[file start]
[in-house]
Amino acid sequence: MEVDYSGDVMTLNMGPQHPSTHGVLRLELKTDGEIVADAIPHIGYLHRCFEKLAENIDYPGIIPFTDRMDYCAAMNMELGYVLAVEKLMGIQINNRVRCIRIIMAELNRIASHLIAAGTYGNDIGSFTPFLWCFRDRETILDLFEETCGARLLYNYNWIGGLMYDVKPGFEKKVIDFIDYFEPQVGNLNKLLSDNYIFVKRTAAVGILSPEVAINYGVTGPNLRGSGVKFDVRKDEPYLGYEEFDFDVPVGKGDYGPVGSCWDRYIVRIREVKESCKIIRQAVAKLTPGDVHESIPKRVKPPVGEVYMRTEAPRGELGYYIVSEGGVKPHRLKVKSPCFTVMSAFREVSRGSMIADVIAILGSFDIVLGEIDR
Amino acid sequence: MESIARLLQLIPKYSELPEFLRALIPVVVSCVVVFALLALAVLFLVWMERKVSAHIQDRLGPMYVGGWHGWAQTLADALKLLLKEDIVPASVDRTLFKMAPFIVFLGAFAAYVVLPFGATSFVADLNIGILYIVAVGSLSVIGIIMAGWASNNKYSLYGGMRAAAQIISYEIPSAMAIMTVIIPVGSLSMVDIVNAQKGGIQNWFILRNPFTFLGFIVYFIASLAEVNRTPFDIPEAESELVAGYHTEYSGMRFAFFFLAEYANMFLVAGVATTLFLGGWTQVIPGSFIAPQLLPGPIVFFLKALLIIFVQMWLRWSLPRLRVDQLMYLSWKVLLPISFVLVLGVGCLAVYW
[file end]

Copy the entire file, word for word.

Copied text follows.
[in-house]
Amino acid sequence: MEVDYSGDVMTLNMGPQHPSTHGVLRLELKTDGEIVADAIPHIGYLHRCFEKLAENIDYPGIIPFTDRMDYCAAMNMELGYVLAVEKLMGIQINNRVRCIRIIMAELNRIASHLIAAGTYGNDIGSFTPFLWCFRDRETILDLFEETCGARLLYNYNWIGGLMYDVKPGFEKKVIDFIDYFEPQVGNLNKLLSDNYIFVKRTAAVGILSPEVAINYGVTGPNLRGSGVKFDVRKDEPYLGYEEFDFDVPVGKGDYGPVGSCWDRYIVRIREVKESCKIIRQAVAKLTPGDVHESIPKRVKPPVGEVYMRTEAPRGELGYYIVSEGGVKPHRLKVKSPCFTVMSAFREVSRGSMIADVIAILGSFDIVLGEIDR
Amino acid sequence: MESIARLLQLIPKYSELPEFLRALIPVVVSCVVVFALLALAVLFLVWMERKVSAHIQDRLGPMYVGGWHGWAQTLADALKLLLKEDIVPASVDRTLFKMAPFIVFLGAFAAYVVLPFGATSFVADLNIGILYIVAVGSLSVIGIIMAGWASNNKYSLYGGMRAAAQIISYEIPSAMAIMTVIIPVGSLSMVDIVNAQKGGIQNWFILRNPFTFLGFIVYFIASLAEVNRTPFDIPEAESELVAGYHTEYSGMRFAFFFLAEYANMFLVAGVATTLFLGGWTQVIPGSFIAPQLLPGPIVFFLKALLIIFVQMWLRWSLPRLRVDQLMYLSWKVLLPISFVLVLGVGCLAVYW